2020 – Big Pilot’s Watch Edition “Black Carbon” ref. IW506101
One of the most unusual and coolest Big Pilots ever is also one of the least known. Dropped quietly last year, the Big Pilot’s Watch Edition “Black Carbon” ref. IW506101 is pretty much an insider’s watch, conceived by enthusiasts who attended a design workshop organised by the brand in Hong Kong (and the resulting 100-piece edition was primarily available to those enthusiasts).
Perhaps the most telling detail that the watch was conceived by diehard IWC aficionados is the “fish” crown. Found on IWC watches from the 1950s to the mid-2000s – the ref. 5002 was the only Big Pilot to feature it – the “fish” emblem indicated water resistance, but was later replaced by the “Probus Scafusia” brand logo.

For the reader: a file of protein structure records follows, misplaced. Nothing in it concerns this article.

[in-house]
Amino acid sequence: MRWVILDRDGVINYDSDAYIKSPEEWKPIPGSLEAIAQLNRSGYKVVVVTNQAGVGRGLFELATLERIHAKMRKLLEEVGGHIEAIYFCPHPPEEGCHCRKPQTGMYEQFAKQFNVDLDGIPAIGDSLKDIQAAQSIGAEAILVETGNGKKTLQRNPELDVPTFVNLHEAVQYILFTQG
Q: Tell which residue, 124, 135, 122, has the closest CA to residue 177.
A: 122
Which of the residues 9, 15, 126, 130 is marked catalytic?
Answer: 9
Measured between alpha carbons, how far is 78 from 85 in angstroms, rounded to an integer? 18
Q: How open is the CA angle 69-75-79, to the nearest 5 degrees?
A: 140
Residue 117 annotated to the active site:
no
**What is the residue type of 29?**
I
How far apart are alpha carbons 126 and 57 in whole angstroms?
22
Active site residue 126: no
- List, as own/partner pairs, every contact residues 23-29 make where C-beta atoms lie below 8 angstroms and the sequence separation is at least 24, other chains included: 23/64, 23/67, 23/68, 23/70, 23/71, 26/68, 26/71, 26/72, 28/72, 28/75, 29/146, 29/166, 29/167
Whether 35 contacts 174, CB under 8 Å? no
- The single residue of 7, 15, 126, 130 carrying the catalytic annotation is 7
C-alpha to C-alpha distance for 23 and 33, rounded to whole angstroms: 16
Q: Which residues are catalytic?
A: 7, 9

Despite its long absence, the “fish” emblem is fondly remembered by enthusiasts. Not only is it found on the crown of the Big Pilot “Black Carbon”, but also on the case back.
Still, the Black Carbon is a notable Big Pilot. For one, it’s the first – and will probably be the only – Big Pilot with a carbon composite case.
It helps that it’s also good looking. The marbled surface pattern of the composite case gives the watch an ultra-modern, sporty look that fits the all-black palette well.
That said, the nature of carbon composite means that the case lacks the sharply defined edges and corners of its metal-alloy counterparts, which is perhaps one reason why IWC is unlikely to be repeating this.
The Big Pilot Roadshow
For American readers, the Big Pilot Roadshow is taking place across the United States starting late September. The list of cities and dates is available on IWC.com.